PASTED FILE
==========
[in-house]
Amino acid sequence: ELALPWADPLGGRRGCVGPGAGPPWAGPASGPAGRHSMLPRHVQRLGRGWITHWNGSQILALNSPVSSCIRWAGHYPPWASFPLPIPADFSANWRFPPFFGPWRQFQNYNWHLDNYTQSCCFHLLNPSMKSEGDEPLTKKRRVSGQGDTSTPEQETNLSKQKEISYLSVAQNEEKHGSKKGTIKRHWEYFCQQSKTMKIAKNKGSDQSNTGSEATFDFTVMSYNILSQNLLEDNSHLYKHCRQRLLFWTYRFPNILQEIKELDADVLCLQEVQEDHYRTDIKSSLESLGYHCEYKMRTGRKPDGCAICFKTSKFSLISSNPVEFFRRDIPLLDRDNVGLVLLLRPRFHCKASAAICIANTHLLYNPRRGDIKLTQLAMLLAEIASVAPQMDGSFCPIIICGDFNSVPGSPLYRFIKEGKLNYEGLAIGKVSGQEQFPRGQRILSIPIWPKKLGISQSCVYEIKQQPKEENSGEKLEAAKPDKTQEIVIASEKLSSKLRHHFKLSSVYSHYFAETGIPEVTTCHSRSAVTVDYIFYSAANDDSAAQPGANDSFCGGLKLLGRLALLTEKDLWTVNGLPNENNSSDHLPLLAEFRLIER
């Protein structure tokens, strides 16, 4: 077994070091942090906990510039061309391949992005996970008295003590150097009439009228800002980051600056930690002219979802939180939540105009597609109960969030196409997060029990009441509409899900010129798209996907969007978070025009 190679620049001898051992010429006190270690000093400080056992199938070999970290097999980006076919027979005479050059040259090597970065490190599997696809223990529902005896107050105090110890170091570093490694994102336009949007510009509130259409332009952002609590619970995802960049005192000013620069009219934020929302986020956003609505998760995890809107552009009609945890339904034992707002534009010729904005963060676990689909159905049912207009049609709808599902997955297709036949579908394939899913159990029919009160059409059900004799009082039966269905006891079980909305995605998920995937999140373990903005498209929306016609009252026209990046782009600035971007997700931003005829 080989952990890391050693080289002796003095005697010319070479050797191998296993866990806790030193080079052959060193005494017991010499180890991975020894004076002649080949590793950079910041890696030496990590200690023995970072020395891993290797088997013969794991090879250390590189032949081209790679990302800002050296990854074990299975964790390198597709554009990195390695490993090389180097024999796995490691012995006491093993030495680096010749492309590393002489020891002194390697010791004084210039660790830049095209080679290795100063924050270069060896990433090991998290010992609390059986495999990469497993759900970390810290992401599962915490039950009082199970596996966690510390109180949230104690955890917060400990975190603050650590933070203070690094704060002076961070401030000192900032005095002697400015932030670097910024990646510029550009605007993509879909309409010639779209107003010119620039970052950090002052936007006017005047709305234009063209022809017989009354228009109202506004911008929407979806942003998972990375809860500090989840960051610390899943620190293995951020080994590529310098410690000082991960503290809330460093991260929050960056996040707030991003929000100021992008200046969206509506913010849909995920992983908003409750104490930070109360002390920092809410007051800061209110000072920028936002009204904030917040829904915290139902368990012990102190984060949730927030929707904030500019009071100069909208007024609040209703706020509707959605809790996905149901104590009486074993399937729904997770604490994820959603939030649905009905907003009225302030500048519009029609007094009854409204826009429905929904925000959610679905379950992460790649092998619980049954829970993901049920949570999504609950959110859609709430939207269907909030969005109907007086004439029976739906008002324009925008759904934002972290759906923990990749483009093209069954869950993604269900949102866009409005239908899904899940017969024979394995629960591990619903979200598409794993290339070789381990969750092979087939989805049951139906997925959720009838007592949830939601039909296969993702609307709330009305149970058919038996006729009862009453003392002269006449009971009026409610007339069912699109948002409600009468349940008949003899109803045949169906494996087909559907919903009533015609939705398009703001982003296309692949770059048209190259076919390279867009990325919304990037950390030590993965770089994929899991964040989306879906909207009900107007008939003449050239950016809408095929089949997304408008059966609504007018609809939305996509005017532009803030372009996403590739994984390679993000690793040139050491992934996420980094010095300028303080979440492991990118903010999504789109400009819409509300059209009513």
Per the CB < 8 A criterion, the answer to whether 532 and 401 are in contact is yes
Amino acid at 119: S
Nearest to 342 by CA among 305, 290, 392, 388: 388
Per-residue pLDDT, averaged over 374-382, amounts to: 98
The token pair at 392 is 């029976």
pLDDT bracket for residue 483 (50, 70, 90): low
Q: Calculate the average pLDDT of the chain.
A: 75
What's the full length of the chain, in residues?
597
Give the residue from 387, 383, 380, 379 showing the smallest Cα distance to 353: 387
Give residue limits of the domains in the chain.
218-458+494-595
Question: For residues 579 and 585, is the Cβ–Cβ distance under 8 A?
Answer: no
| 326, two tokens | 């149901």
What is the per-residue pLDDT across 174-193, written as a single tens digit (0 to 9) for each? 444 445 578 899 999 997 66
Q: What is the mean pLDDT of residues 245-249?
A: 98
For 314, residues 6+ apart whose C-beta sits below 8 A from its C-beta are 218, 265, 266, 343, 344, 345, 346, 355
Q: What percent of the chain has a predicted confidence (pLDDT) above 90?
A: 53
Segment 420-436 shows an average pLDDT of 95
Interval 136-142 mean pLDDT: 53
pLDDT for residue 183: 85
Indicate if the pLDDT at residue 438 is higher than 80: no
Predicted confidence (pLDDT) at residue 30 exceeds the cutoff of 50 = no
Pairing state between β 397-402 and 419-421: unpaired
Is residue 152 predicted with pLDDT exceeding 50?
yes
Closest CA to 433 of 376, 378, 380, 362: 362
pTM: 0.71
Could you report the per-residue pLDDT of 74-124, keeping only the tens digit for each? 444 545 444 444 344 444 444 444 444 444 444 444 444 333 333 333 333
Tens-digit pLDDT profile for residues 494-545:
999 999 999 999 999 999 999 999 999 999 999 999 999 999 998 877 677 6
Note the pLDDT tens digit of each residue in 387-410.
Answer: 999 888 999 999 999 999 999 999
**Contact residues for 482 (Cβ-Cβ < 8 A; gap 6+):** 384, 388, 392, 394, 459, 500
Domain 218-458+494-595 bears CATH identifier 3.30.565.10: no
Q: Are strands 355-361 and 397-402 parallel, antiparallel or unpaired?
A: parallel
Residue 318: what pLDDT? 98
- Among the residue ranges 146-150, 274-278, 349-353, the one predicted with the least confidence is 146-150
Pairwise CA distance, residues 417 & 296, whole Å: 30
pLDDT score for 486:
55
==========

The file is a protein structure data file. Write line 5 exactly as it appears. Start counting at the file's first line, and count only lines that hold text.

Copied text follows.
Amino acid at 119: S